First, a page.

Monday, February 14, 2011
Kickin' it with a Knick: Timofey Mozgov
By Jared Zwerling
Nathaniel S. Butler/NBAE/Getty Images
Knicks center Timofey Mozgov likes NYC, but prefers his little slice of heaven 45 minutes north.
Timofey Mozgov is making a resurgence with the Knicks.
When the Knicks agreed to terms with the Russian center on a reported three-year, $9.7 million deal in July, many fans immediately thought, Here we go again. The signing brought back bad memories of international bigs the Knicks had drafted in roughly the past decade who never played: Frédéric Weis (France) in 1999, and Maciej Lampe (Poland) and Slavko Vranes (Montenegro) in 2003.
Then in August, the FIBA World Championship tipped off in Istanbul, Turkey, and Mozgov performed quite well against the world's best national teams. He averaged 13 points in nine games, including a 13-point effort on 6 of 9 shooting (66.7 percent) against Team USA, featuring Lamar Odom, Tyson Chandler and Kevin Love down low.
Once Knicks' training camp started in late September, there was some intrigue as to how Mozgov would develop alongside power forward Amare Stoudemire. Observers admired his mobility up and down the court, agility when moving laterally and dunking ease at the hoop. But as he started the season at center, his nimbleness and athleticism was overrided by his lack of polish, especially with his hands, as he had back-to-back games with four and three turnovers, respectively. For about the next two months, the 24-year-old saw sporadic minutes, and for 10 straight games from January 11th to January 28th, he didn't even play.
Then Mike D'Antoni decided to give him another crack at the starting lineup after the team got pounded in the paint during their 111-102 loss to the Hawks. "I just think Timmy's energy and length is something we need, and he's demonstrated that maybe he can do it," D’Antoni said following the game.
In his first game back on January 30th, a 124-106 win over the Pistons, Mozgov had a career-high 23 points and 14 rebounds. Since then, he's averaging 10 points on 56 percent shooting (28 of 50), 7.3 rebounds, one block and, maybe most impressively, 0.9 turnovers in the past seven games. He had averaged 2.2 turnovers in the Knicks' first six games of the season. Mozgov's numbers as of late are all way above his season averages of four points on 45.9 percent shooting, 3.1 rebounds and 0.7 blocks. While his dexterity is still a work in progress, the biggest areas he needs to improve upon are banging more and finishing stronger around the basket.
Typically before home games, you can find Mozgov at his locker -- near two other foreigners on the team, Danilo Gallinari and Ronny Turiaf -- plugged into his large headphones and reading a Russian book. On this particular night, an away game at the Prudential Center on Saturday, he was simply sitting at his locker, relaxing, wearing a black compression undershirt and his game shorts. I spoke with Timmy, as D'Antoni likes to call him for a few minutes -- his English isn't great yet -- about his play against the Lakers' dominant big-man duo, what he's working on in practice and how he's adjusting to life in the Big Apple.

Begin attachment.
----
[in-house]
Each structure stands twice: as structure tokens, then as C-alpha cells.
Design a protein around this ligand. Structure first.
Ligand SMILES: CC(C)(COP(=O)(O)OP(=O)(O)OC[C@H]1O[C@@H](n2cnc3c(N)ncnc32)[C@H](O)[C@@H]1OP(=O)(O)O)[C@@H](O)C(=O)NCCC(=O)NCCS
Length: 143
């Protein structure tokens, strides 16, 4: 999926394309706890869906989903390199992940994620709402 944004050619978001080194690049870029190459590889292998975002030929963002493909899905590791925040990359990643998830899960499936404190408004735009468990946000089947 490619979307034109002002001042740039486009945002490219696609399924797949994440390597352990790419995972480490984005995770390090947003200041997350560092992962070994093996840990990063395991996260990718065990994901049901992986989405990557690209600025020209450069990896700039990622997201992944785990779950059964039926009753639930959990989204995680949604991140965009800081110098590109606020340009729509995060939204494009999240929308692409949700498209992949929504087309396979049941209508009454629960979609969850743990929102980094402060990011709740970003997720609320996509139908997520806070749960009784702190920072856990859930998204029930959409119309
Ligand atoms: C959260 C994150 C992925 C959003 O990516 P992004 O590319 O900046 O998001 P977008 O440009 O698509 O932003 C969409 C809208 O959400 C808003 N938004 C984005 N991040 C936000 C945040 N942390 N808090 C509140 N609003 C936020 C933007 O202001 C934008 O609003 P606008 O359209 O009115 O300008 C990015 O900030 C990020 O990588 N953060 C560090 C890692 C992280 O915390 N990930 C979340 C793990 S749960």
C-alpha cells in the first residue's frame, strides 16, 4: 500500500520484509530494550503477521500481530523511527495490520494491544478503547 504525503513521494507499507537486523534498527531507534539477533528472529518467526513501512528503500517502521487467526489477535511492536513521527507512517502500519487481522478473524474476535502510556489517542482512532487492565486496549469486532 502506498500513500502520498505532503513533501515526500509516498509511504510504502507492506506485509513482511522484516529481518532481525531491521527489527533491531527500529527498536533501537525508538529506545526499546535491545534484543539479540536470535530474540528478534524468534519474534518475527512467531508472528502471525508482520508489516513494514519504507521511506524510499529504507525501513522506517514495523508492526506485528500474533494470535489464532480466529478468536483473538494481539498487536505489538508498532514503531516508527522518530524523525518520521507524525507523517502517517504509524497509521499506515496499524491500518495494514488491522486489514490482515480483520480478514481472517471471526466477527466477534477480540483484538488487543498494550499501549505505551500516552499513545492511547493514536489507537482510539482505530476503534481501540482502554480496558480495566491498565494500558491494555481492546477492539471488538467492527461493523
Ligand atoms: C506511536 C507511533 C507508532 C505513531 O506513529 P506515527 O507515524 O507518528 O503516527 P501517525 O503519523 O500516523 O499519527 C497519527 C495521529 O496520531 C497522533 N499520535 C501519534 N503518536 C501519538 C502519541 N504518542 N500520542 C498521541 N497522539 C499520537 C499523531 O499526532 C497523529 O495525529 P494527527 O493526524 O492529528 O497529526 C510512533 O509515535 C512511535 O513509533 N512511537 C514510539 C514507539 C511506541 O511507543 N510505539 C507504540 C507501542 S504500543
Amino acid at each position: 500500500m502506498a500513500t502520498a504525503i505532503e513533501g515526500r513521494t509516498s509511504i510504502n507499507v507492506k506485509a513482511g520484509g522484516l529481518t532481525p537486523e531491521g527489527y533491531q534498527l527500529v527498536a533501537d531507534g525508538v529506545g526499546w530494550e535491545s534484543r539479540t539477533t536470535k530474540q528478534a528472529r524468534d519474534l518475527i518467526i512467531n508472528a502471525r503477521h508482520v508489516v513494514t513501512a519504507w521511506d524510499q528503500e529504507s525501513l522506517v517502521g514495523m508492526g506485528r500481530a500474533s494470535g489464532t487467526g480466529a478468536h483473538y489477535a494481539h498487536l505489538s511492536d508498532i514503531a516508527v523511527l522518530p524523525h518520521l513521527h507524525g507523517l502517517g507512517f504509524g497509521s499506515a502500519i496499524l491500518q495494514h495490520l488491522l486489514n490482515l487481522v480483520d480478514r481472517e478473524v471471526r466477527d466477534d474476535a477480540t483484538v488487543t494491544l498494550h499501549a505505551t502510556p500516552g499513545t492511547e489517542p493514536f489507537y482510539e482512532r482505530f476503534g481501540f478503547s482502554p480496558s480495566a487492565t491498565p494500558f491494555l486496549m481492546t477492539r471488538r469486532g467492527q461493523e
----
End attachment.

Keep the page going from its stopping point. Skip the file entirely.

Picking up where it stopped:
What was it like playing against two of the best big men in the game, Pau Gasol and Andrew Bynum, when the Lakers came to town?
It was really hard, you know. They are too big; they are long guys. It was really hard to play defense. Also, when they’re both on the court, if someone plays low post, you’ve got to help. You have to play the second one too. It’s really hard.
Did anything impress you about yourself matching up with those guys?
I don’t know. I played not bad, but when I was defending Bynum in the low post, he was really, really trouble. I made some mistakes, but I think next time I’ve got to think how I will defend him better.
You did have a game-high 11 rebounds.
Yeah, that was not bad.
Are you working on any new moves?
We’ll do some post moves in practice, and I think I’ll start to use them more now [in the games].
What do you think of New York City?
New York is a good city, but I live in White Plains [Turiaf, Landry Fields and Andy Rautins also live there]. In New York, there’s a little bit of noise -- too many people and some guys rush. In White Plains, it’s a little bit different -- not too much people, not too much noise. Also we have all stores, movies and it’s like 30, 40 minutes to New York. It’s close. It’s really nice.
Do you like Buffalo Wild Wings? I know they opened one up there last year. It’s also one of Landry’s favorite restaurants.
Yeah, it’s like across the street from my home.
You mentioned movies. What’s the last one you saw?
I forgot the name, but it was a story showing how these guys meet each other. It shows how these guys after like 15 years are married and have babies. It was in the theater. I don’t know the actors. It was not bad.
Have you enjoyed the Russian restaurants in the city?
What I like in Manhattan is Russian and also an Arabian restaurant. With my friend, we were like two times there. It’s a really nice place. I don’t know the name. And I know some Italian restaurants.
Have you ever been to Brighton Beach in Brooklyn? There’s a big Russian population there.
I was in Brighton Beach two, three times maybe. One time I go with the media. Maybe two times I go to [have some fun]. One time I just go to buy some Russian books.
Are you friendly with Jazz forward Andrei Kirilenko, who’s also from Russia?
Yeah, we’re not like best friends, but we talk.
Do you have a Twitter account yet?
No, I don’t have a Twitter.
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